As the Devi Bhagavata has it, in the beginning was water all around, neither the earth nor any other planet. On water's surface Mahavishnu lay asleep. Ages passed like this. In the mean time from Mahavishnu's navel grew up the stalk of a lotus. After some time in the lotus was born Brahma. Brahma stayed in the lotus meditating and reciting Vedas. Meanwhile some ear-wax flowed from the ears of Mahavishnu and from this ear-wax were born two demons, subsequently named Madhu and Kaitabha. In Mahabharata, myth's later part is slightly different. According to it, Madhu and Kaitabha were born from two drops of water that Mahavishnu had created in the lotus rising from his navel, not from the ear-wax flowing from his two ears. Of the two drops, one was as sweet as Madhu ? honey. The demon born from it was hence named Madhu. He stood for Tamas - darkness, one of the three attributes of cosmos. The other drop was hard. From this drop was born Kaitabha representing Rajas ? activity.
Madhu and Kaitabha, haughty and arrogant as they were, were born in water, grew up in water and walked on its surface ? their sole resort. They often thought how this big flood of water came into existence. One day, Devi appeared before them and taught them the 'Vagbija mantra' ? incantation of the origin of logos, reciting which they worshipped the Devi for a thousand years. Pleased by their worship Devi appeared and asked them what they desired to have from her. They wished that they should die in the manner they chose. The wish was granted. Their arrogance now multiplied. One day, they stole Brahma's Vedas and hid themselves, along with them, in the nether world. Brahma went after them but teased and frightened by them came back. He woke Mahavishnu and sought his help in re-gaining his lost scriptures from Madhu and Kaitabha. Mahavishnu went to Madhu and Kaitabha but they refused to return Vedas. Mahavishnu raised arms against them but it yielded no result. Under their strategy, they tired Mahavishnu, as when one fought with him the other rested and thus alternated each other, whereas Mahavishnu was constantly battling. Finally, appeared Devi who revealed that under the boon from her Madhu and Kaitabha could not be killed except by resorting to deceit. Mahavishnu feigned to give up arms and said to the demons that impressed by their valour he wanted to grant them anything they wished. As anticipated, the demons laughed and said that they were superior to him and hence not they but he should ask them for a boon. Mahavishnu instantly said that he wished to kill them and asked them to grant this wish. With no other option left, they granted Mahavishnu's wish with the condition that he could kill them but not inside the water. Mahavishnu instantly expanded his thighs so far that like earth they reached above water. Taking it as the challenge Madhu and Kaitabha expanded their bodies many more times leaving waters far below. Vishnu expanded his thighs further, caught hold of the demons, held them on his thighs and cut their throats with his disc. A huge quantity of fat flew from their bodies which, collected into as a lump, became a huge island subsequently named earth.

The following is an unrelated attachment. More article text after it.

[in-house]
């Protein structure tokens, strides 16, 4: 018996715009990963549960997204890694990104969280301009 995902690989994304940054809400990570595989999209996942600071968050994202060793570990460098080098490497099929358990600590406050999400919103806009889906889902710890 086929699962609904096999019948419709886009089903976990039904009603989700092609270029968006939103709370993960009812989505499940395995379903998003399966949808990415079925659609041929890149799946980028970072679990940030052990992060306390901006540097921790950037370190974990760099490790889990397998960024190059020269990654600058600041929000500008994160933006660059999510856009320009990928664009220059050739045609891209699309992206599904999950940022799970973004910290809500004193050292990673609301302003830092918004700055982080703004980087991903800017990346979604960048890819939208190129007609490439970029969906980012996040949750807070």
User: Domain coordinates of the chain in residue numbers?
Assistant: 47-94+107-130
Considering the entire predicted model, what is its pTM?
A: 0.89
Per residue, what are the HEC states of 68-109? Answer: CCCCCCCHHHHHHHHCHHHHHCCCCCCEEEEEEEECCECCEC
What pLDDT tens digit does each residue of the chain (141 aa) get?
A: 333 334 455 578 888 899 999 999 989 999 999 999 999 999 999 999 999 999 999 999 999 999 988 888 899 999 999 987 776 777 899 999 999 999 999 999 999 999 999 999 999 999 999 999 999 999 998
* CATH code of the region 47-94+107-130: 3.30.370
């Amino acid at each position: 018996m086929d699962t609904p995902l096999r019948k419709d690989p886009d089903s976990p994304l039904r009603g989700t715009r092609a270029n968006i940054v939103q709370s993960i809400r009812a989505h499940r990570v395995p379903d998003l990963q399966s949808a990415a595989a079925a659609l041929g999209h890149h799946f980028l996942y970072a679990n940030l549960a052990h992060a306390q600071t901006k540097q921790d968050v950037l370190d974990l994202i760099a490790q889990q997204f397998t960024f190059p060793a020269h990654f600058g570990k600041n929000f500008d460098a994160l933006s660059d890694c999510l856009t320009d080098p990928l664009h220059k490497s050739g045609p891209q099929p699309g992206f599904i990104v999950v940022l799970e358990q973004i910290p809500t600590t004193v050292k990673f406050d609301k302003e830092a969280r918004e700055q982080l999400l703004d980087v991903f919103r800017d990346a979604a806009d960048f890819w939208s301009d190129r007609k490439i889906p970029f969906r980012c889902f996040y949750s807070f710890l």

More or less squarish in format, the painting portrays the blue-complexioned Mahavishnu carrying in his four hands disc, mace, conch and lotus. He is wearing his usual gold brocaded yellow dhoti- unstitched sheet of cloth, gems studded crown and gold slippers and has around his face a halo as brilliant as if made from molten gold. Before him lie the torsos of Madhu and Kaitabha and at a little distance, their decapitated heads. Close to upper left corner stands the four-armed Devi conceived with Vaishnava attributes ? disc, conch, lotus and posture of protection. Except the crest she is wearing a crown identical to Vishnu and has similar halo around her face. The dark deep background is suggestive of dark deep oceanic waters. Painting's entire field has grown over it lotus flowers, buds, leaves ? It teems with fishes of different sorts and aquatic birds. The artist seems to adhere to the basic principle of Indian thought : once the evil has been annihilated, to the world returns its glory.
This description by Prof. P.C. Jain and Dr Daljeet. Prof. Jain specializes on the aesthetics of ancient Indian literature. Dr Daljeet is the chief curator of the Visual Arts Gallery at the National Museum of India, New Delhi. They have both collaborated on numerous books on Indian art and culture.